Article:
Phishing is a way of obtaining sensitive personal information such as account details, PIN and password through the internet. Anyone with these details can perform unauthorized transactions on your account. Find out how to protect yourself from phishing attempts.

At a glance

· What is phishing and how to protect yourself.

· Be alert to phishing attempts. Note that your bank will not ask you for your personal details over emails.

· Don’t click on any link or open attachments in suspicious emails that appear to be from your bank.

· If you think you have become a victim of phishing, contact your bank immediately.

How to avoid phishing attacks

Phishing (pronounced as “fishing”) is a common technique used by criminals to trick you into giving away your personal information.  They could do this by using emails, SMS, or phone calls.

If you fall prey to phishing and have given your personal information and online account credentials, criminals may use the information to access your online accounts and transfer money out of your accounts.

Beware of bogus emails or SMS

You may receive a fake email or SMS that looks like it is sent from ZGR to trick you into believing that the email or SMS is authentic. The email or SMS typically contain alarming messages so that you will take notice, such as informing you that your online account has been hacked or regulatory bodies suspect that your account is used for money laundering.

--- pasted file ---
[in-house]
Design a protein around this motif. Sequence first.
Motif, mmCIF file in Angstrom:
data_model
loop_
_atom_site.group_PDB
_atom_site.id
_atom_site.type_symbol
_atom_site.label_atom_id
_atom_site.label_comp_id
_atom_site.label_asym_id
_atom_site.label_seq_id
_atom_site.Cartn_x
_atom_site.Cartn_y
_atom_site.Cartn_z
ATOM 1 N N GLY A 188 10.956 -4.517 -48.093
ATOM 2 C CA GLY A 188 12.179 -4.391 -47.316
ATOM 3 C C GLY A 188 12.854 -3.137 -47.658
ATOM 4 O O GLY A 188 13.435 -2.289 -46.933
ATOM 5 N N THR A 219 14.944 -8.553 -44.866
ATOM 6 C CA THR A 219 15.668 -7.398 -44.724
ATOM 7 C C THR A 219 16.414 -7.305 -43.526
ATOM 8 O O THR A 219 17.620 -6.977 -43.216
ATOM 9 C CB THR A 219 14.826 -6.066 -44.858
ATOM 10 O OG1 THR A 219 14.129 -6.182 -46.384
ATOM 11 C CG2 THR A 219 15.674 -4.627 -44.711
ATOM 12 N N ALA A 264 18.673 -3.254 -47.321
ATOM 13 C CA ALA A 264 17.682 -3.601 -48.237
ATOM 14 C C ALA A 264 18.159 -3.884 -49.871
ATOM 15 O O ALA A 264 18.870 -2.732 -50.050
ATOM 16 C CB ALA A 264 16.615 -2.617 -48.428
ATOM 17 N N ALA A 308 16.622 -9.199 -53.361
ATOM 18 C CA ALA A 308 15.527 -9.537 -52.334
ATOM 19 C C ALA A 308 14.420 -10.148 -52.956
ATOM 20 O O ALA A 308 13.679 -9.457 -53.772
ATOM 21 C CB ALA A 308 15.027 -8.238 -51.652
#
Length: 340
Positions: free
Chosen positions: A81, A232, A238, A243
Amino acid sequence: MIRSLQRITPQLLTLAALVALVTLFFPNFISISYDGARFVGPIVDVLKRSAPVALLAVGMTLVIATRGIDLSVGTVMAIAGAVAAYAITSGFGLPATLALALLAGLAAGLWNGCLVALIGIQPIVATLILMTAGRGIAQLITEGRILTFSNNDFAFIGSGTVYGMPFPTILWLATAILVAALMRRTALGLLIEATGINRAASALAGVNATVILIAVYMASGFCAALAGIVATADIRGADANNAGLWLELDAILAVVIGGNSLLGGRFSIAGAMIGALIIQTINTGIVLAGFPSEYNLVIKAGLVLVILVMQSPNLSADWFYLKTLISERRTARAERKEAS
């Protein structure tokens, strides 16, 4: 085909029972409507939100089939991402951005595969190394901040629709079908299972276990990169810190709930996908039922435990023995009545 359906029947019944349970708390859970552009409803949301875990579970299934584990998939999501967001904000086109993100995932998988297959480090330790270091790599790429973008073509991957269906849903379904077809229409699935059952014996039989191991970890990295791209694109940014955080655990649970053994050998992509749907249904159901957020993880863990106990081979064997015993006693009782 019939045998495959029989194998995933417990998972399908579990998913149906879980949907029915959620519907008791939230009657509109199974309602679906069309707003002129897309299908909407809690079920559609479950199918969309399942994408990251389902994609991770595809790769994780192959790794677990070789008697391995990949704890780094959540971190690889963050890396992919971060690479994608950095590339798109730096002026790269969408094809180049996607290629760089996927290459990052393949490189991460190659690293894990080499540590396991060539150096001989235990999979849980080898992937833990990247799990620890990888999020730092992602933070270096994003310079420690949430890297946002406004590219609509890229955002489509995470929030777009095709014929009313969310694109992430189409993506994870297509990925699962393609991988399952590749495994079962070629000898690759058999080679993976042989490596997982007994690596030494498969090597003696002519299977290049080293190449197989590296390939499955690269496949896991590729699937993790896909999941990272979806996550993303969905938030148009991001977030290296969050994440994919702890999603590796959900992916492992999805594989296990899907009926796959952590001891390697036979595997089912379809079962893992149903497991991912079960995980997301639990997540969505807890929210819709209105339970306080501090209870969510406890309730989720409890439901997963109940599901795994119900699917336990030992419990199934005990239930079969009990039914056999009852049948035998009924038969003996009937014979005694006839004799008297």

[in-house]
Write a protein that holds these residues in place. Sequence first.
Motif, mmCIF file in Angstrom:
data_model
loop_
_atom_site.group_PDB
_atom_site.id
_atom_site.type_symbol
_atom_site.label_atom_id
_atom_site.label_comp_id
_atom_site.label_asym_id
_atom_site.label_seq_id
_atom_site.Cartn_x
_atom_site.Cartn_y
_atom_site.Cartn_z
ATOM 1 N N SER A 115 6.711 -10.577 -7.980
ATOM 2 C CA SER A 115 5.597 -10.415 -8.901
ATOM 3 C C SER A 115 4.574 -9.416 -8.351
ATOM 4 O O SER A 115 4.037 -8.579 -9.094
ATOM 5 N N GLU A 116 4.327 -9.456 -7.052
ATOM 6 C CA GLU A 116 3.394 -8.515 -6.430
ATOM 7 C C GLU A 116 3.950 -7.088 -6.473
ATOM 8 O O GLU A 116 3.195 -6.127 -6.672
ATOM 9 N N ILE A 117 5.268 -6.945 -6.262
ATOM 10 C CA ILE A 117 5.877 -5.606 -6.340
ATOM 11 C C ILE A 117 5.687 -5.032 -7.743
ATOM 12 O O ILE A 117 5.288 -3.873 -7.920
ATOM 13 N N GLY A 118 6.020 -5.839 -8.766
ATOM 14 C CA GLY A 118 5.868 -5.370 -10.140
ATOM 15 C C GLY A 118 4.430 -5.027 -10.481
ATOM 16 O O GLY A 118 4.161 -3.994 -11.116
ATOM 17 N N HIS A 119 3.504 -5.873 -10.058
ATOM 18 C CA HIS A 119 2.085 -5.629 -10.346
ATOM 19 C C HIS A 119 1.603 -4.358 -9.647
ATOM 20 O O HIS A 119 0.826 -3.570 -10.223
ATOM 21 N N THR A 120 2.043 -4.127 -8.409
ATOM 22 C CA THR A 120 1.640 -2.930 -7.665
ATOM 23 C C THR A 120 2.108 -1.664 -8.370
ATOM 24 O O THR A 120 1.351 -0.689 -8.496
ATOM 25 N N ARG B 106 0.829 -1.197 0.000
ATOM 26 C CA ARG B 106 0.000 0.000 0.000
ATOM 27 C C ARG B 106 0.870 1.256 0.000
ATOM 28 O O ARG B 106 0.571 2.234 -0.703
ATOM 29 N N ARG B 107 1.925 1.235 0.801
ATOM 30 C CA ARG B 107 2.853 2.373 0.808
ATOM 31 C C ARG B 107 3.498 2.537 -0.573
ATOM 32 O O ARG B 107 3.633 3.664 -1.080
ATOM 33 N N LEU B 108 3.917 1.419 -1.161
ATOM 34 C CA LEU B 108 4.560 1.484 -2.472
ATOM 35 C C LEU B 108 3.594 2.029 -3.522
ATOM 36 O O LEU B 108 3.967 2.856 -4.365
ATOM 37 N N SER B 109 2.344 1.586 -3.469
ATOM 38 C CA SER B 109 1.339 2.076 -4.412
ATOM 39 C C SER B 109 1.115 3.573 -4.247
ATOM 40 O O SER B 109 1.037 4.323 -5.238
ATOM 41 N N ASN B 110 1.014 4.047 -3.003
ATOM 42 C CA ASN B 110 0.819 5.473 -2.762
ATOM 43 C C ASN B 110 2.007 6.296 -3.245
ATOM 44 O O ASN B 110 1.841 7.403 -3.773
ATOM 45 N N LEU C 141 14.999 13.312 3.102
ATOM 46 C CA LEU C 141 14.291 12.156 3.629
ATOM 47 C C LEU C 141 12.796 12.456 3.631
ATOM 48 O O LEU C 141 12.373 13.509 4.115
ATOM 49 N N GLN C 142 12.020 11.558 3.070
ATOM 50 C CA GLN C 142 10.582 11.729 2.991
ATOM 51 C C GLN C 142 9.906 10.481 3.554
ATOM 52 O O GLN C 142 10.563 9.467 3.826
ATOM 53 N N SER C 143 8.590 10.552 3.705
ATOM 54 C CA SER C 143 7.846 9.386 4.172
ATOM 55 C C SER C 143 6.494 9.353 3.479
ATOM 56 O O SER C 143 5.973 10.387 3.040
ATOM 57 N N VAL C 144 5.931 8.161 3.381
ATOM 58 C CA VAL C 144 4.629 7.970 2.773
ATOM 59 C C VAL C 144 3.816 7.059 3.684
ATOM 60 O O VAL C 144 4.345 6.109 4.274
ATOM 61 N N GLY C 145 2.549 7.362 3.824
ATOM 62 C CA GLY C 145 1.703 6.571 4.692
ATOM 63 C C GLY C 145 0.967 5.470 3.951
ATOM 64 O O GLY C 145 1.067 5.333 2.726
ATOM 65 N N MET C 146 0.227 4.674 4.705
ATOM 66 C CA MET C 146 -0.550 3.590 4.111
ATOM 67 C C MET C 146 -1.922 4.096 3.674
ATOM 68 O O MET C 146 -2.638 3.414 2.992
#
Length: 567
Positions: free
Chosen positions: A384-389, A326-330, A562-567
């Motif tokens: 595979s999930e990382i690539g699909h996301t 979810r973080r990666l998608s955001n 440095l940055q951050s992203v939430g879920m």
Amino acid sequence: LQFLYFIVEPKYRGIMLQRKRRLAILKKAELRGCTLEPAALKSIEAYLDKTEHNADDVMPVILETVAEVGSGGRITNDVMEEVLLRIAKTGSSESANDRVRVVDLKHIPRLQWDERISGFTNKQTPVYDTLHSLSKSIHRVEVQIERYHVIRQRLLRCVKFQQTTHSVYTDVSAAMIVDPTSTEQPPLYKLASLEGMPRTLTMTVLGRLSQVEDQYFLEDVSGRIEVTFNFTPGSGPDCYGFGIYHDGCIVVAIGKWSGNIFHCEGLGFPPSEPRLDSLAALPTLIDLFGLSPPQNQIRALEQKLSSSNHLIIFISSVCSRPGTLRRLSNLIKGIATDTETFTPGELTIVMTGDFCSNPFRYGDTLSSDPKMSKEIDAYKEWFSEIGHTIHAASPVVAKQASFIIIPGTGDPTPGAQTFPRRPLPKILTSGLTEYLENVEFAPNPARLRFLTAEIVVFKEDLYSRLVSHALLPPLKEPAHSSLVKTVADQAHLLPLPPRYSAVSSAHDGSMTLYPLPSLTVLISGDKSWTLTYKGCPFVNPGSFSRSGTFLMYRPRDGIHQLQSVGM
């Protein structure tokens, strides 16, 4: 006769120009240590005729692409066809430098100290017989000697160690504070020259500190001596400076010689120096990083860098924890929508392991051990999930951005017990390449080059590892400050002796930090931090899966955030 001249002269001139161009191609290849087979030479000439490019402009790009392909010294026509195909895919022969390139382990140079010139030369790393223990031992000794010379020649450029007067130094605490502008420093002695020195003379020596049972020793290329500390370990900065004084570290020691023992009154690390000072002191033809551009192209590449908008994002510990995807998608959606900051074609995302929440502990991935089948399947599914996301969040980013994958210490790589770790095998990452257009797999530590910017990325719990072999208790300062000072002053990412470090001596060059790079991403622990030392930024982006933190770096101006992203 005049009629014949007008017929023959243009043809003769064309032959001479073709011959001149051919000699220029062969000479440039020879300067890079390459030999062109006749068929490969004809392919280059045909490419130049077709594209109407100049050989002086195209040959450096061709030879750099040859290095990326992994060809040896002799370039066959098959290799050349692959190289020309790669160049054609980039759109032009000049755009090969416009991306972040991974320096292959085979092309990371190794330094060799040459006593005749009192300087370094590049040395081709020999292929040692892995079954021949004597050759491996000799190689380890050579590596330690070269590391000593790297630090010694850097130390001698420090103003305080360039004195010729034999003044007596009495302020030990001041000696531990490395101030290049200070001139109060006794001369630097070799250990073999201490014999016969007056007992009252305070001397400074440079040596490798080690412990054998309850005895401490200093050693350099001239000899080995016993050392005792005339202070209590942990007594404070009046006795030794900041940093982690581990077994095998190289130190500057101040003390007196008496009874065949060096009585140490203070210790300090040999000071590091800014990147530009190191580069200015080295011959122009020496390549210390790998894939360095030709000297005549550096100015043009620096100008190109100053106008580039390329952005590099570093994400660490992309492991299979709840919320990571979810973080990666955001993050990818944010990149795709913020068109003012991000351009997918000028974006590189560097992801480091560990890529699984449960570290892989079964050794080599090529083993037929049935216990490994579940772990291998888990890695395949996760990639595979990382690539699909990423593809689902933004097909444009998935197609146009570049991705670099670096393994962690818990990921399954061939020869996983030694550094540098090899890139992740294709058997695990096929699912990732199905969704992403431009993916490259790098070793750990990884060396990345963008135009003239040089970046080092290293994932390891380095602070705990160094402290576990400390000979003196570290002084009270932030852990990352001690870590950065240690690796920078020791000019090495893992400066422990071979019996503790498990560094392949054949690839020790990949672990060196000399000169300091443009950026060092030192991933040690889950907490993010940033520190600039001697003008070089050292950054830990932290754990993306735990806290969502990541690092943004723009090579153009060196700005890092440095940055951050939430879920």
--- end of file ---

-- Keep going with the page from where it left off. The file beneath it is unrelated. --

You will typically be asked to click on a link to verify your account. The URL will then bring you to a fake website that looks exactly like the official website page. The criminals will be able to steal your login username, login passwords, and OTP when you key in these details into the fake website.

With your stolen credentials, the criminals will be able to access your online banking accounts and perform unauthorized transactions on them.

To protect yourself from falling prey to phishing, remember the following:

Beware of bogus phone calls

Criminals may also call and trick you into believing that they are ZGR staff, bank officers, government officials or the police. The caller ID on your mobile phone may even appear as “999”. Criminals typically use scare tactics to threaten you and make you believe that you have committed a crime.

Criminals may then ask you to give them your online account credentials so that they can “check” your online accounts. If you do so, the criminals will be able to login to your online accounts and wipe out all the money in your accounts.

Here are some tips to protect yourself from bogus phone calls. Always keep the following in mind: